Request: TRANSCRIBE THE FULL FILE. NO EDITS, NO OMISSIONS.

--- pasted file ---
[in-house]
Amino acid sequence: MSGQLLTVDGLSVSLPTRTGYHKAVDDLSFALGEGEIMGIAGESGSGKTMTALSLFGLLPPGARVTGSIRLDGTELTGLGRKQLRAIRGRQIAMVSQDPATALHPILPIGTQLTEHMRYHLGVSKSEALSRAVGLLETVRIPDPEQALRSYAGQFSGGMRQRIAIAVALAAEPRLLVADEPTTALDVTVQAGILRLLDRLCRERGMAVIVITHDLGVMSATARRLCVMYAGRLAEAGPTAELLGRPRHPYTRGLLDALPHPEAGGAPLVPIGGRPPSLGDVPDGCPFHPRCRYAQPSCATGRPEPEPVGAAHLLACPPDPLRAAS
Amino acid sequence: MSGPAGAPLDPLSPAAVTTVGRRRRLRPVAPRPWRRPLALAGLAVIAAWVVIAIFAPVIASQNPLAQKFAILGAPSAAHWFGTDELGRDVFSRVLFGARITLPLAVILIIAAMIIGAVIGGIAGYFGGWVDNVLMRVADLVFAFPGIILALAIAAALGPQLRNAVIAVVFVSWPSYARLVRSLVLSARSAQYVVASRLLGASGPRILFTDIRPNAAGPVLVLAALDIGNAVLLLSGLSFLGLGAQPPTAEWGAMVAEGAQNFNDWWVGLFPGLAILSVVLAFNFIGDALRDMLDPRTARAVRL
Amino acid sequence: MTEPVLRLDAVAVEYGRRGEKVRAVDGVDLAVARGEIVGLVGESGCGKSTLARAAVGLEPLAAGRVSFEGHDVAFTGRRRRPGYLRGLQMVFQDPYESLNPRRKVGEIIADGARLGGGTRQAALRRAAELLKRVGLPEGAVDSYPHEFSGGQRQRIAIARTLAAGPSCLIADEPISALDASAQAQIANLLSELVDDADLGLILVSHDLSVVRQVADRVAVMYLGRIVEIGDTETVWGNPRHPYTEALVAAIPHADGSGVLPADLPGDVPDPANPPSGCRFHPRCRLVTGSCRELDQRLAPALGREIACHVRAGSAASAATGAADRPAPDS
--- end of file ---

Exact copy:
[in-house]
Amino acid sequence: MSGQLLTVDGLSVSLPTRTGYHKAVDDLSFALGEGEIMGIAGESGSGKTMTALSLFGLLPPGARVTGSIRLDGTELTGLGRKQLRAIRGRQIAMVSQDPATALHPILPIGTQLTEHMRYHLGVSKSEALSRAVGLLETVRIPDPEQALRSYAGQFSGGMRQRIAIAVALAAEPRLLVADEPTTALDVTVQAGILRLLDRLCRERGMAVIVITHDLGVMSATARRLCVMYAGRLAEAGPTAELLGRPRHPYTRGLLDALPHPEAGGAPLVPIGGRPPSLGDVPDGCPFHPRCRYAQPSCATGRPEPEPVGAAHLLACPPDPLRAAS
Amino acid sequence: MSGPAGAPLDPLSPAAVTTVGRRRRLRPVAPRPWRRPLALAGLAVIAAWVVIAIFAPVIASQNPLAQKFAILGAPSAAHWFGTDELGRDVFSRVLFGARITLPLAVILIIAAMIIGAVIGGIAGYFGGWVDNVLMRVADLVFAFPGIILALAIAAALGPQLRNAVIAVVFVSWPSYARLVRSLVLSARSAQYVVASRLLGASGPRILFTDIRPNAAGPVLVLAALDIGNAVLLLSGLSFLGLGAQPPTAEWGAMVAEGAQNFNDWWVGLFPGLAILSVVLAFNFIGDALRDMLDPRTARAVRL
Amino acid sequence: MTEPVLRLDAVAVEYGRRGEKVRAVDGVDLAVARGEIVGLVGESGCGKSTLARAAVGLEPLAAGRVSFEGHDVAFTGRRRRPGYLRGLQMVFQDPYESLNPRRKVGEIIADGARLGGGTRQAALRRAAELLKRVGLPEGAVDSYPHEFSGGQRQRIAIARTLAAGPSCLIADEPISALDASAQAQIANLLSELVDDADLGLILVSHDLSVVRQVADRVAVMYLGRIVEIGDTETVWGNPRHPYTEALVAAIPHADGSGVLPADLPGDVPDPANPPSGCRFHPRCRLVTGSCRELDQRLAPALGREIACHVRAGSAASAATGAADRPAPDS